TPB is a well-accepted model in the research community to predict the intention of human/consumer behavior. Using TPB into this study, the research hypothesize and explicate the causal relationship among attitudes, beliefs, intentions, and perceived behavior control.[12],[13] The theory stresses on relationships among the variables. It can be said that positive attitude leads to develop strong subjective norms (SN) that further develop a higher degree of perceived behavioral control which will make the strong intention to carry out a given behavior.[13],[14] Based on previous researches, TPB is found to be very useful in envisaging the intention of a transversely different culture, specifically in the blood donation perspective.[3]

Personality

TPB is open for alteration to increase the predictive power by adding the path of already prevailing variable (i.e., factors of TPB).[14] TPB is based on assumption that suggests prediction of behavioural intention through assessment of variables such as attitude, subjective norms and perceived behavioural control.[15] On suggestions of previous researches,[16],[17] the study made an attempt to add personality variables into the TPB model to enhance predictive efficacy of TPB in knowing the intention of blood donors toward blood donation [Figure 1] and across other domains.[17]
Figure 1: Proposed theoretical framework

Click here to view


Personality attributes

Various personality traits from the literature have their importance in developing strong intention to give blood.[18] The purpose to include big-five personality traits in the model is to explore the relationship between the personalities of youths with their intention to donate blood. By participating in blood donation activity, inherent extravert donors fulfill their desire of being social since they are considered as energetic, talkative, and enthusiastic.[19] Moreover, many authors have reported that the high rate of extraversion leads to higher levels of self-efficacy.[20] Subsequently, individual emotional steadiness is depicted as neuroticism. Neurotic people have a propensity to get irritated usually on any negative happening.[21] It is therefore believed that college students during the process of blood donation could easily get irritated with the pandemonium conditions of blood banks during transfusion. Therefore, it is explicable that any negative belief can reduce intention to donate blood.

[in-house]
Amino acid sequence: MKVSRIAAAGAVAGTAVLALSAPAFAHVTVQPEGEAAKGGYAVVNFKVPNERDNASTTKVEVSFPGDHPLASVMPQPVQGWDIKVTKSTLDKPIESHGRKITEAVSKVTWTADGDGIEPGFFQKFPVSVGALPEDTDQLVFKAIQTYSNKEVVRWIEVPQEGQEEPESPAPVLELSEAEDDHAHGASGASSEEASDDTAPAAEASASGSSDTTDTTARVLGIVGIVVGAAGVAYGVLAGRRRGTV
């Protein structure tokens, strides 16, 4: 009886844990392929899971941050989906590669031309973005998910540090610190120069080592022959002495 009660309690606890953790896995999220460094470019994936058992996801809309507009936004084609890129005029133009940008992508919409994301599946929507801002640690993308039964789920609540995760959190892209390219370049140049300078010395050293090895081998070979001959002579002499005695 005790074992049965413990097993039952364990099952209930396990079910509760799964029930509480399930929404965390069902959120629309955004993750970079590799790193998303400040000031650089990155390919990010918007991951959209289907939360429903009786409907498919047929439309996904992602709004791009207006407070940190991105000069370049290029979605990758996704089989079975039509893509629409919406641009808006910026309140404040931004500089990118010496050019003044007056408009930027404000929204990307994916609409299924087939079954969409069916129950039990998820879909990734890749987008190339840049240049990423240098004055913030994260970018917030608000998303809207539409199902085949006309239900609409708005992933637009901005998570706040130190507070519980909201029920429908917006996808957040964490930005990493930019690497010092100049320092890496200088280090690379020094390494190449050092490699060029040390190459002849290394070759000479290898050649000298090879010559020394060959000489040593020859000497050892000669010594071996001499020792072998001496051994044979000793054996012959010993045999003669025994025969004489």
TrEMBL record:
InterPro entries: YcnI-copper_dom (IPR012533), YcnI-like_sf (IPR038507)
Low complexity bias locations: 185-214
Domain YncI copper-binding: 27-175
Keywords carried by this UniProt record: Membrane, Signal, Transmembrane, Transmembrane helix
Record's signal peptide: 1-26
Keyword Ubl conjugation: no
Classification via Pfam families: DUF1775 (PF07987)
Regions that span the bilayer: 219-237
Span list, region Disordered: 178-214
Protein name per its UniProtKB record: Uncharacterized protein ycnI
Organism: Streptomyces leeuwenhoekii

To complement the personality variables, a person having agreeable nature is often helpful, altruistic, trusted, and forthright.[20] People having characteristics (i.e. agreeableness) are likely to expedite or having concern toward cooperative behavior,[22],[23] i.e. blood donation in a group.[24] Therefore, this study assumes that predictive power of the model can be increased by adding this construct to gauge the intention of blood donors. Furthermore, many authors depicted that people with high conscientious belief are responsible, dependable,[26] organized, and self-disciplined[19],[62],[25] in order to accomplish their goals and cooperative.[23] Similarly, in blood donation, young donors will donate blood because they view it as one of their prime responsibility toward the society.

A growing body of research also validates that high openness is characterized as creative, ready for new experiments in life.[23],[27] Comparatively, people who have an open nature would understand the importance of blood donation well and its posteffect on health, while others would not, until they willingly experiment this with blood donation.[28] Therefore, the study attempts to link this with the intention toward blood donation.

Personality has been perceived as individual belief and differences that influence how people respond to a particular situation.[29],[30],[31] Thus, according to personality theorists, it can be said that young adults who would likely donate blood are different from those who do not donate blood.[11] Therefore, inclusion of personality traits into the TPB model has proven its applicability in behavioral studies by adding its explanatory power in various other domains.[1],[2],[18]

Moderating role of gender